The order gave federal agencies 60 days to adopt zero-trust architectures based on NIST recommendations. He also called for a handbook on handling security breaches, a security committee to review major incidents — even a program to establish cybersecurity warning labels for certain consumer products.
It was a great moment for zero trust that still resonates around the world.
“The likely effect this has had on advancing zero-trust conversations within boardrooms and among information security teams cannot be overstated,” the NSTAC report states.
What is the story of Zero Trust?
Around 2003, ideas that led to zero trust began bubbling up within the US Department of Defense, leading to a 2007 report. Around the same time, an informal group of security experts from the industry called the Jericho Forum coined the term “deperimetrization”.
Kindervag crystallized the concept and gave it a name in its explosive September 2010 report.
The industry’s focus on building a moat around organizations with firewalls and intrusion detection systems was a mistake, he argued. Malicious actors and impenetrable data packets were already inside organizations, threats that demanded a radically new approach.
Security goes beyond firewalls
From his early days in installing firewalls, “I realized that our trust model was a problem,” he said in an interview. “We brought a human concept into the digital world, and it was just silly.”
At Forrester, he was tasked with finding out why cybersecurity wasn’t working. In 2008, he began using the term zero trust in lectures describing his research.
After some initial resistance, users started to embrace the concept.
“Someone once told me zero trust would become all my job. I didn’t believe him, but he was right,” said Kindervag, who in various roles in the industry has helped hundreds of organizations create zero-trust environments.
A growing zero-trust ecosystem
Indeed, Gartner predicts that by 2025, at least 70% of new remote access deployments will use what it calls Zero Trust Network Access (ZTNA), up from less than 10% at the end of 2021. (Gartner, Emerging Technologies: Snapshot of Adoption Growth for Zero Trust Network AccessG00764424, April 2022)
That’s partly because the COVID lockdown has accelerated companies’ plans to bolster the safety of remote workers. And many firewall vendors now include ZTNA features in their products.
Market watchers estimate that at least 50 vendors, from Appgate to Zscaler, now offer security products aligned with zero-trust concepts.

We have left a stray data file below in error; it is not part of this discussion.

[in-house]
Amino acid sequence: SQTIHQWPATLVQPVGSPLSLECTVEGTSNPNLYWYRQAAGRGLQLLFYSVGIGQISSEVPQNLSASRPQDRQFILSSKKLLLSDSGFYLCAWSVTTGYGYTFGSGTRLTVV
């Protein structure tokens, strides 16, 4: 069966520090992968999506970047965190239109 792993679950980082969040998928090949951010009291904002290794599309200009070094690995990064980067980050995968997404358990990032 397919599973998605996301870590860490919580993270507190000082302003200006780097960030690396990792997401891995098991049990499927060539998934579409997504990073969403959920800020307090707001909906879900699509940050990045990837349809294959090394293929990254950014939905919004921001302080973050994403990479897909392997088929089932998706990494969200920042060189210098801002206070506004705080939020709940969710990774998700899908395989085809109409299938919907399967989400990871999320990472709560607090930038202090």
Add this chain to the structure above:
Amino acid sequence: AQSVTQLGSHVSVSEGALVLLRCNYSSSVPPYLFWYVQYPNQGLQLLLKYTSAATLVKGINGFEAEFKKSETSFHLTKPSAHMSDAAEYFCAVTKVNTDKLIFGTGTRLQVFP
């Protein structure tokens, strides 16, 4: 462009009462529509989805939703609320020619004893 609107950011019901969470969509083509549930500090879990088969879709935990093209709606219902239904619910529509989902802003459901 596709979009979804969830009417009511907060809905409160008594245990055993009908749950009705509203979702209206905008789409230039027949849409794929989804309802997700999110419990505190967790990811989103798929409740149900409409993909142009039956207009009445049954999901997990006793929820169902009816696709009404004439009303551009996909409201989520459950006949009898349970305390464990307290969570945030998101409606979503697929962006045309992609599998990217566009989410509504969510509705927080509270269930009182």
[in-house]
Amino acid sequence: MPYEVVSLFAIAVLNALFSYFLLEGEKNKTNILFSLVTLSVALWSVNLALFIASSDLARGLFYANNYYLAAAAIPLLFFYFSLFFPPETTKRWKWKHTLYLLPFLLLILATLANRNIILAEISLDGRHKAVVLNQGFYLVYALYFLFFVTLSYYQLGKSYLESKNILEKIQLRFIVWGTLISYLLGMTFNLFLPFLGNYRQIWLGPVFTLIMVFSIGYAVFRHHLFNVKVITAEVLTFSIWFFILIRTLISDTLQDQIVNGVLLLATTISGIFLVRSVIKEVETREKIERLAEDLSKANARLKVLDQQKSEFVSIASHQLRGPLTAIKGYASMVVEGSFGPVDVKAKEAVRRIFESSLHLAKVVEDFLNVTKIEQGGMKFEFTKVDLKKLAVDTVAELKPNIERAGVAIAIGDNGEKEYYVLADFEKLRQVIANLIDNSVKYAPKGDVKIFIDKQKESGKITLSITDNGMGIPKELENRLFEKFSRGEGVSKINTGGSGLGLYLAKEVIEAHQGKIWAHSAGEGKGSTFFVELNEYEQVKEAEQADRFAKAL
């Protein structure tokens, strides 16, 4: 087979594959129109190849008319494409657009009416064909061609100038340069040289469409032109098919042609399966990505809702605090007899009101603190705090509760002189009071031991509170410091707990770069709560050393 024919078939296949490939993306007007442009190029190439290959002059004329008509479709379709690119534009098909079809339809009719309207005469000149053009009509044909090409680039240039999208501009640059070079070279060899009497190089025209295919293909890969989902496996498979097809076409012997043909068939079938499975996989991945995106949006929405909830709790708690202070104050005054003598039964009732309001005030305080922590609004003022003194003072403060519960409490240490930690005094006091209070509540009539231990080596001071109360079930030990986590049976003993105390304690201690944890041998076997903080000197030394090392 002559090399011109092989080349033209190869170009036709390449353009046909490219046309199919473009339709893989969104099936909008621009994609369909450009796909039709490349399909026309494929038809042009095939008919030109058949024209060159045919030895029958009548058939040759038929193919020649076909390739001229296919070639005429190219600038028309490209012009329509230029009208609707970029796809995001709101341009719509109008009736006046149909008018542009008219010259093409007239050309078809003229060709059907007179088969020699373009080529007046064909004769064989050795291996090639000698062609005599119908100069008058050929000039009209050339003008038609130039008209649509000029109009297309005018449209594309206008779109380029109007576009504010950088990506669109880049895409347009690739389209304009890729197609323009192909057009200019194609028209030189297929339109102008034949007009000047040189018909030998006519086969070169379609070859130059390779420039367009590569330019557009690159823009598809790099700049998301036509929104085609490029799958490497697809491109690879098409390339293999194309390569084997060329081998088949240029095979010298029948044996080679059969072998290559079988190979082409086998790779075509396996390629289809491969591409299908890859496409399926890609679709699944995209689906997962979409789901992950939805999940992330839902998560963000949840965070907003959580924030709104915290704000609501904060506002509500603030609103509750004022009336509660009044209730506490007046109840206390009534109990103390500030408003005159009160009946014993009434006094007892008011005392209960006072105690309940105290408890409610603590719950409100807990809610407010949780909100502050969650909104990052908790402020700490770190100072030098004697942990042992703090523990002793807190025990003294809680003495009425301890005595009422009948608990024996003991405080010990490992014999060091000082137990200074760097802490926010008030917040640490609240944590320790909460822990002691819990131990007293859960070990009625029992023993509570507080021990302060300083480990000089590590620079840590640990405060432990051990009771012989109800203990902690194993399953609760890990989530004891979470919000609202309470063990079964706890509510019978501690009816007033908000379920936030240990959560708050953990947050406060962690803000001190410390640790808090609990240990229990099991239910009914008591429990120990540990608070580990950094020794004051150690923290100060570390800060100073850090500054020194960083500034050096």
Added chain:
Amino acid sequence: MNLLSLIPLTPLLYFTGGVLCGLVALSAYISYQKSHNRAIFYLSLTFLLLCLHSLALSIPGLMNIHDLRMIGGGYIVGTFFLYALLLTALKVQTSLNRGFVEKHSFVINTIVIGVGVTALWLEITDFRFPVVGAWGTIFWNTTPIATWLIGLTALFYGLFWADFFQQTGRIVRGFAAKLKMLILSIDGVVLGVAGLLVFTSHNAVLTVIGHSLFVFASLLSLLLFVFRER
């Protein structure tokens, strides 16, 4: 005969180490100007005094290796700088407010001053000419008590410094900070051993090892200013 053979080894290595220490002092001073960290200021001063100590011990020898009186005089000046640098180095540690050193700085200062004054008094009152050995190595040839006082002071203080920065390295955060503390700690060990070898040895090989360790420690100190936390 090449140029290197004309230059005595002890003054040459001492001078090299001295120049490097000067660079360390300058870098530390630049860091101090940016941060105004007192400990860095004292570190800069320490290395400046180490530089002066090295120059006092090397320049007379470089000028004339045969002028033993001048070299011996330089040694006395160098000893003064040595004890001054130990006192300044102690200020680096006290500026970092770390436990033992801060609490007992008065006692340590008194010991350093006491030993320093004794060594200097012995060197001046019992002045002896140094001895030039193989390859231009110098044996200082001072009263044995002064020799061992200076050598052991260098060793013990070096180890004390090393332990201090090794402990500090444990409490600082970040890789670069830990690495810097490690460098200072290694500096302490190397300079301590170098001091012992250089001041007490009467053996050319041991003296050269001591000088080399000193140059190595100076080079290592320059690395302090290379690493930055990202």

AI automates zero trust
Users in some Zero Trust environments are expressing frustration with repeated requests for multi-factor authentication. It’s a challenge that some experts see as an opportunity for automation with machine learning.
For example, Gartner suggests applying analytics in an approach it calls continuous adaptive trust. CAT (see table below) can use contextual data — such as device identity, network identity, and geolocation — as a kind of digital reality check to help authenticate users.
In fact, networks are full of data that AI can filter in real time to automatically improve security.
“We don’t even collect, maintain, and observe half the network data that we could, but that data contains information that will form an overall picture of a network’s security,” said Bartley Richardson, senior manager of artificial intelligence infrastructure and cybersecurity engineering at NVIDIA.
Human operators cannot track all data generated by a network or set policies for all possible events. But they can apply AI to scour the data for suspicious activity and then react quickly.
“We want to give enterprises the tools to build and automate robust zero-trust environments with defenses that live across their data centers,” said Richardson, who leads development of NVIDIA Morpheus, a framework for open cybersecurity for AI.
NVIDIA provides pre-trained AI models for Morpheus, or users can choose a third-party model or create their own.
“The backend and pipeline engineering work is tough, but we have expertise in this area and can architect it for you,” he said.
These are the kinds of capabilities that experts like Kindervag see as part of the future of zero trust.
“Manual response from security analysts is too difficult and inefficient,” he wrote in a 2014 report. “The maturity of systems is such that a valuable and reliable level of automation is now achievable.”
To learn more about AI and Zero Trust, read this blog or watch the video below.